[EDITORIALS]Leave them be - for nowThe Blue House again commented on the possibility of transferring the prosecution’s internal inspection authority to the Justice Ministry and is about to reignite tension with the prosecution. The Blue House senior secretary for civil affairs, Moon Jae-in, said Monday that inspections ought to be conducted from outside the organization as a check on the prosecution. The justice minister, Kang Gum-sil, said that transferring the inspection authority is a necessary part of reform, and a decision would come before the end of the year.
The logic is that the prosecution is a powerful agency and some outside check on it is necessary; letting the prosecution police itself is an invitation for them to protect each other, the ministry told President Roh Moo-hyun earlier this year. It is reasonable that the prosecution should be subject to checks and oversight just like any other organization.
But there is a time and sequence for everything. President Roh has said that his administration would not attempt to control the prosecution, and the prosecution itself is displaying a departure from the past by acting more independently in its investigation of politicians involved in the Yoon Chang-yeol bribery case and the Hyundai Group slush funds provided to politicians. It is inappropriate to talk about more controls on the prosecution just when it is trying to change. That could hinder the prosecution’s independence even before it is able to stand alone.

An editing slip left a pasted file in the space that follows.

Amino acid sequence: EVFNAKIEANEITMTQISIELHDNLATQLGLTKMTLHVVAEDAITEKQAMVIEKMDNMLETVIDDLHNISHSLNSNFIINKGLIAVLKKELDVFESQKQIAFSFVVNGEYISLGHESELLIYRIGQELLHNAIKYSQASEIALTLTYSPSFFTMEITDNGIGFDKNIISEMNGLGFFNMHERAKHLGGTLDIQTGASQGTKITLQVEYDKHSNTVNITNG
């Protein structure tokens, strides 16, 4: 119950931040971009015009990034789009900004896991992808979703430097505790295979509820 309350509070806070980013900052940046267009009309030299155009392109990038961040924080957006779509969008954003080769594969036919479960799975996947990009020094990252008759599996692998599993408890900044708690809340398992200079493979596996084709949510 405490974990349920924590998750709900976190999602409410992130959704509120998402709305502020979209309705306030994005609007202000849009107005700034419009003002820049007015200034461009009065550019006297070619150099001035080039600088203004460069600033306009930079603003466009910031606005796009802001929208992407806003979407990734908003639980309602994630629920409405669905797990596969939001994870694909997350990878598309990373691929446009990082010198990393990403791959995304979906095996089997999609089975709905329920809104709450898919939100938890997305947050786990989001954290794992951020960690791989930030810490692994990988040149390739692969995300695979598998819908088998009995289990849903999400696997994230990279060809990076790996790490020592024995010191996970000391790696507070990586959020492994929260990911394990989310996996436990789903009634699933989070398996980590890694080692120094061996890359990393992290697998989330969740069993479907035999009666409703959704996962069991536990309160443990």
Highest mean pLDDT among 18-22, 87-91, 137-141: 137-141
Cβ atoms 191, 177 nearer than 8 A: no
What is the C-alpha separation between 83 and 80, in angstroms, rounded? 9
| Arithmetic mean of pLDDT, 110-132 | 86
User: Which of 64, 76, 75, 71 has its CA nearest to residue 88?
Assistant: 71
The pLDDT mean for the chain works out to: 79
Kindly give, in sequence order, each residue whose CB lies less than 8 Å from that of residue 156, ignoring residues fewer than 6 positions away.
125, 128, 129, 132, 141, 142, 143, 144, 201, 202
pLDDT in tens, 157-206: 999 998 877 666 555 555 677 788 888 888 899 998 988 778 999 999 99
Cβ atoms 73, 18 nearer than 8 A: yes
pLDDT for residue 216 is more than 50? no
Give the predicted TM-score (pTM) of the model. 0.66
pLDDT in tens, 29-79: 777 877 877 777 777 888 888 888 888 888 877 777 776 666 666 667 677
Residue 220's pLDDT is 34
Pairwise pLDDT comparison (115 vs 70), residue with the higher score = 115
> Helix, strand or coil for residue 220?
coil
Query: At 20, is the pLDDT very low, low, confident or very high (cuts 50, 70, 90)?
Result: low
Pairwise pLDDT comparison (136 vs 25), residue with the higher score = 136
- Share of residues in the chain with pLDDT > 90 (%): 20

Look at the issue later, to see how the reforms go. What the public expects of the prosecution now is to shed all traces of being influenced by political power.
If an outside force watches over its every move, the prosecution is bound to lose impartiality and independence. Because the Justice Ministry works for the Blue House, giving the ministry the oversight could lead to indirect pressure from the top in the form of intervention in appointments and promotions.
The Supreme Public Prosecutors Office has announced a plan to step up internal inspections. It will not be too late to take up the issue again if we find that the prosecution's efforts do not amount to very much.
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